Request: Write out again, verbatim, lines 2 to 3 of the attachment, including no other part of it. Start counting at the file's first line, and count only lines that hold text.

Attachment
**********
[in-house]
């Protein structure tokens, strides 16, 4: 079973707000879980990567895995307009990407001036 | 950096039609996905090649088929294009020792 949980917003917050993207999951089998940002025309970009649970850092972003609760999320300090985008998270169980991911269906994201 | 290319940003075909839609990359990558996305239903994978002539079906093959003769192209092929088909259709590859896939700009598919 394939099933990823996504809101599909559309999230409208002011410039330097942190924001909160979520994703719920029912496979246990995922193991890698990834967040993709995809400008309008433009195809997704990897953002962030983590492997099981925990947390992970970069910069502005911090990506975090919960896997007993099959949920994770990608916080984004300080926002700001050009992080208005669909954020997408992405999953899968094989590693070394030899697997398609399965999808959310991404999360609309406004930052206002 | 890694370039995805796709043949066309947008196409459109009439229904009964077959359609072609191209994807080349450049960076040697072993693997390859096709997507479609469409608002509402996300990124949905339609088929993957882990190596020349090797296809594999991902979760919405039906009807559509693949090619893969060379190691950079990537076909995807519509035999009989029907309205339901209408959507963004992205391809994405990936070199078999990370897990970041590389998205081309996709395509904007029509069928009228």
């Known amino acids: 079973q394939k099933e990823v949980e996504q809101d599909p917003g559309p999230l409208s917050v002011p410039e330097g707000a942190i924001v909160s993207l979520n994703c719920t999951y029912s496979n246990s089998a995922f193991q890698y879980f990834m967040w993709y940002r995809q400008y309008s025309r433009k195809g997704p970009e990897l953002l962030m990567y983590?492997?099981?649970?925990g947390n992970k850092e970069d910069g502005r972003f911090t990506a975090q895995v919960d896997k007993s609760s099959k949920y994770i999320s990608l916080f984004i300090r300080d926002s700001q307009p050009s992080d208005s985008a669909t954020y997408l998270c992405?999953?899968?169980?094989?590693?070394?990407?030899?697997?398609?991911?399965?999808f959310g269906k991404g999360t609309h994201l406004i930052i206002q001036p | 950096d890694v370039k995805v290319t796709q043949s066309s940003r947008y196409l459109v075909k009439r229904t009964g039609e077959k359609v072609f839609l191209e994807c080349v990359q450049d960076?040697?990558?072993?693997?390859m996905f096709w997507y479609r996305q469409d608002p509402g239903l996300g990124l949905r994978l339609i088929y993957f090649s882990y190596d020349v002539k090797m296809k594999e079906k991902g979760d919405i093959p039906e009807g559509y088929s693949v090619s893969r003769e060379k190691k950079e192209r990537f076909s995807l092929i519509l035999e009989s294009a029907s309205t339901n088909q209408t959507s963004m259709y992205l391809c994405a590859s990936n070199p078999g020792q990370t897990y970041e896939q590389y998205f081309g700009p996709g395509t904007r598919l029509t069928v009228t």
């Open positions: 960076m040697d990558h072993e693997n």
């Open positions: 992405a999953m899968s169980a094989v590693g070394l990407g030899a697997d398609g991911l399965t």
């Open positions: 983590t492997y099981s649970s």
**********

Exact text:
């Protein structure tokens, strides 16, 4: 079973707000879980990567895995307009990407001036 | 950096039609996905090649088929294009020792 949980917003917050993207999951089998940002025309970009649970850092972003609760999320300090985008998270169980991911269906994201 | 290319940003075909839609990359990558996305239903994978002539079906093959003769192209092929088909259709590859896939700009598919 394939099933990823996504809101599909559309999230409208002011410039330097942190924001909160979520994703719920029912496979246990995922193991890698990834967040993709995809400008309008433009195809997704990897953002962030983590492997099981925990947390992970970069910069502005911090990506975090919960896997007993099959949920994770990608916080984004300080926002700001050009992080208005669909954020997408992405999953899968094989590693070394030899697997398609399965999808959310991404999360609309406004930052206002 | 890694370039995805796709043949066309947008196409459109009439229904009964077959359609072609191209994807080349450049960076040697072993693997390859096709997507479609469409608002509402996300990124949905339609088929993957882990190596020349090797296809594999991902979760919405039906009807559509693949090619893969060379190691950079990537076909995807519509035999009989029907309205339901209408959507963004992205391809994405990936070199078999990370897990970041590389998205081309996709395509904007029509069928009228």
């Known amino acids: 079973q394939k099933e990823v949980e996504q809101d599909p917003g559309p999230l409208s917050v002011p410039e330097g707000a942190i924001v909160s993207l979520n994703c719920t999951y029912s496979n246990s089998a995922f193991q890698y879980f990834m967040w993709y940002r995809q400008y309008s025309r433009k195809g997704p970009e990897l953002l962030m990567y983590?492997?099981?649970?925990g947390n992970k850092e970069d910069g502005r972003f911090t990506a975090q895995v919960d896997k007993s609760s099959k949920y994770i999320s990608l916080f984004i300090r300080d926002s700001q307009p050009s992080d208005s985008a669909t954020y997408l998270c992405?999953?899968?169980?094989?590693?070394?990407?030899?697997?398609?991911?399965?999808f959310g269906k991404g999360t609309h994201l406004i930052i206002q001036p | 950096d890694v370039k995805v290319t796709q043949s066309s940003r947008y196409l459109v075909k009439r229904t009964g039609e077959k359609v072609f839609l191209e994807c080349v990359q450049d960076?040697?990558?072993?693997?390859m996905f096709w997507y479609r996305q469409d608002p509402g239903l996300g990124l949905r994978l339609i088929y993957f090649s882990y190596d020349v002539k090797m296809k594999e079906k991902g979760d919405i093959p039906e009807g559509y088929s693949v090619s893969r003769e060379k190691k950079e192209r990537f076909s995807l092929i519509l035999e009989s294009a029907s309205t339901n088909q209408t959507s963004m259709y992205l391809c994405a590859s990936n070199p078999g020792q990370t897990y970041e896939q590389y998205f081309g700009p996709g395509t904007r598919l029509t069928v009228t």